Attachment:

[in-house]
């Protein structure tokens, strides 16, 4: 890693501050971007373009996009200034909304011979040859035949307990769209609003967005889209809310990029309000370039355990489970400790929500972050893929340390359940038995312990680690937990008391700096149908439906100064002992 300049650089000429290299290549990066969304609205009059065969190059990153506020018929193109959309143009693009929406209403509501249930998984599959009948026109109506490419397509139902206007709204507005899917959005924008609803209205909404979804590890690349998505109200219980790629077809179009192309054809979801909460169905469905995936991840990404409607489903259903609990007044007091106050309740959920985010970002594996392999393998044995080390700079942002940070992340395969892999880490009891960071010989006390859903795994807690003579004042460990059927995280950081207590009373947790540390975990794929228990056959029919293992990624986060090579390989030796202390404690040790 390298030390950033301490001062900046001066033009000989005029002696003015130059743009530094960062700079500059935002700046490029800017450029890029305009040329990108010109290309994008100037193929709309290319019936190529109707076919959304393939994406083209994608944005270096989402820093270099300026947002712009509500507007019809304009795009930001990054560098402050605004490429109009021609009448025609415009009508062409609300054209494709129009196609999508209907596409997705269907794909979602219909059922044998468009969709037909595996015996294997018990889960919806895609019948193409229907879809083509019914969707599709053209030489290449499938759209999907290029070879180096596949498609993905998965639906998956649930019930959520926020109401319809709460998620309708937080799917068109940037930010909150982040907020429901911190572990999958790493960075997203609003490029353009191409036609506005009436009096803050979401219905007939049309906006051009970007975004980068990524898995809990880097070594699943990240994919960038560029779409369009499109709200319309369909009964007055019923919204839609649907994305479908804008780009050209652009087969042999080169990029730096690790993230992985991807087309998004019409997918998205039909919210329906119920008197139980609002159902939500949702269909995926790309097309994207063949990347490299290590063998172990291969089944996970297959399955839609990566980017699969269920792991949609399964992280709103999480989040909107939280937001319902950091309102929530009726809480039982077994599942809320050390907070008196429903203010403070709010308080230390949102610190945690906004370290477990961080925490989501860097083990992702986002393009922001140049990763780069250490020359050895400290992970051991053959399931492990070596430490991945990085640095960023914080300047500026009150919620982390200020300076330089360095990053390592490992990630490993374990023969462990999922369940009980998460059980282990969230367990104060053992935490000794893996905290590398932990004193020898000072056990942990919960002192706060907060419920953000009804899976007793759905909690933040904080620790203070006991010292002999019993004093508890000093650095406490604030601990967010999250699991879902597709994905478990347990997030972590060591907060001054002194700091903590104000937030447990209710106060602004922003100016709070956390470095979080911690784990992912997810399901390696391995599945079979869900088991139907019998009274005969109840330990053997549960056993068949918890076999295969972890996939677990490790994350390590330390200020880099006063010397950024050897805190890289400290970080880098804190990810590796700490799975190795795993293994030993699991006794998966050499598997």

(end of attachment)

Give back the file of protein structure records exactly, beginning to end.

[in-house]
């Protein structure tokens, strides 16, 4: 890693501050971007373009996009200034909304011979040859035949307990769209609003967005889209809310990029309000370039355990489970400790929500972050893929340390359940038995312990680690937990008391700096149908439906100064002992 300049650089000429290299290549990066969304609205009059065969190059990153506020018929193109959309143009693009929406209403509501249930998984599959009948026109109506490419397509139902206007709204507005899917959005924008609803209205909404979804590890690349998505109200219980790629077809179009192309054809979801909460169905469905995936991840990404409607489903259903609990007044007091106050309740959920985010970002594996392999393998044995080390700079942002940070992340395969892999880490009891960071010989006390859903795994807690003579004042460990059927995280950081207590009373947790540390975990794929228990056959029919293992990624986060090579390989030796202390404690040790 390298030390950033301490001062900046001066033009000989005029002696003015130059743009530094960062700079500059935002700046490029800017450029890029305009040329990108010109290309994008100037193929709309290319019936190529109707076919959304393939994406083209994608944005270096989402820093270099300026947002712009509500507007019809304009795009930001990054560098402050605004490429109009021609009448025609415009009508062409609300054209494709129009196609999508209907596409997705269907794909979602219909059922044998468009969709037909595996015996294997018990889960919806895609019948193409229907879809083509019914969707599709053209030489290449499938759209999907290029070879180096596949498609993905998965639906998956649930019930959520926020109401319809709460998620309708937080799917068109940037930010909150982040907020429901911190572990999958790493960075997203609003490029353009191409036609506005009436009096803050979401219905007939049309906006051009970007975004980068990524898995809990880097070594699943990240994919960038560029779409369009499109709200319309369909009964007055019923919204839609649907994305479908804008780009050209652009087969042999080169990029730096690790993230992985991807087309998004019409997918998205039909919210329906119920008197139980609002159902939500949702269909995926790309097309994207063949990347490299290590063998172990291969089944996970297959399955839609990566980017699969269920792991949609399964992280709103999480989040909107939280937001319902950091309102929530009726809480039982077994599942809320050390907070008196429903203010403070709010308080230390949102610190945690906004370290477990961080925490989501860097083990992702986002393009922001140049990763780069250490020359050895400290992970051991053959399931492990070596430490991945990085640095960023914080300047500026009150919620982390200020300076330089360095990053390592490992990630490993374990023969462990999922369940009980998460059980282990969230367990104060053992935490000794893996905290590398932990004193020898000072056990942990919960002192706060907060419920953000009804899976007793759905909690933040904080620790203070006991010292002999019993004093508890000093650095406490604030601990967010999250699991879902597709994905478990347990997030972590060591907060001054002194700091903590104000937030447990209710106060602004922003100016709070956390470095979080911690784990992912997810399901390696391995599945079979869900088991139907019998009274005969109840330990053997549960056993068949918890076999295969972890996939677990490790994350390590330390200020880099006063010397950024050897805190890289400290970080880098804190990810590796700490799975190795795993293994030993699991006794998966050499598997």